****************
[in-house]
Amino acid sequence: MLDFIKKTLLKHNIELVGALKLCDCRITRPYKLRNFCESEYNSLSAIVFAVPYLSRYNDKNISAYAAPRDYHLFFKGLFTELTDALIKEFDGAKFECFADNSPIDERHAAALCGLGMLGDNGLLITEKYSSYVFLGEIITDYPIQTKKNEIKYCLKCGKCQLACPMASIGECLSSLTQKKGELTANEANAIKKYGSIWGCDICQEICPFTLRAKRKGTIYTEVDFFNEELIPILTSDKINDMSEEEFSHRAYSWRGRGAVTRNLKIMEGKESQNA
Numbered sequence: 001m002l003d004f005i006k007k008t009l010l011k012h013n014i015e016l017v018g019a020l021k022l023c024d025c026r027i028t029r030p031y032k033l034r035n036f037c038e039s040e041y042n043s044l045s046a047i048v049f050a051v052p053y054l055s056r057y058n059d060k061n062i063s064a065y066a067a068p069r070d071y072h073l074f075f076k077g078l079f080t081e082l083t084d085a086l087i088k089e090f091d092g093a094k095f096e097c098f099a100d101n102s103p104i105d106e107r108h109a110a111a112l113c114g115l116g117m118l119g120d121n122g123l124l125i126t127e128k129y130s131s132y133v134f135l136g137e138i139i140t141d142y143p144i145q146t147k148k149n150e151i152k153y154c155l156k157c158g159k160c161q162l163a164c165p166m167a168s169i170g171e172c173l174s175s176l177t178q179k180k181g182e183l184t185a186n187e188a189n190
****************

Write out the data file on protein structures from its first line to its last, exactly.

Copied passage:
[in-house]
Amino acid sequence: MLDFIKKTLLKHNIELVGALKLCDCRITRPYKLRNFCESEYNSLSAIVFAVPYLSRYNDKNISAYAAPRDYHLFFKGLFTELTDALIKEFDGAKFECFADNSPIDERHAAALCGLGMLGDNGLLITEKYSSYVFLGEIITDYPIQTKKNEIKYCLKCGKCQLACPMASIGECLSSLTQKKGELTANEANAIKKYGSIWGCDICQEICPFTLRAKRKGTIYTEVDFFNEELIPILTSDKINDMSEEEFSHRAYSWRGRGAVTRNLKIMEGKESQNA
Numbered sequence: 001m002l003d004f005i006k007k008t009l010l011k012h013n014i015e016l017v018g019a020l021k022l023c024d025c026r027i028t029r030p031y032k033l034r035n036f037c038e039s040e041y042n043s044l045s046a047i048v049f050a051v052p053y054l055s056r057y058n059d060k061n062i063s064a065y066a067a068p069r070d071y072h073l074f075f076k077g078l079f080t081e082l083t084d085a086l087i088k089e090f091d092g093a094k095f096e097c098f099a100d101n102s103p104i105d106e107r108h109a110a111a112l113c114g115l116g117m118l119g120d121n122g123l124l125i126t127e128k129y130s131s132y133v134f135l136g137e138i139i140t141d142y143p144i145q146t147k148k149n150e151i152k153y154c155l156k157c158g159k160c161q162l163a164c165p166m167a168s169i170g171e172c173l174s175s176l177t178q179k180k181g182e183l184t185a186n187e188a189n190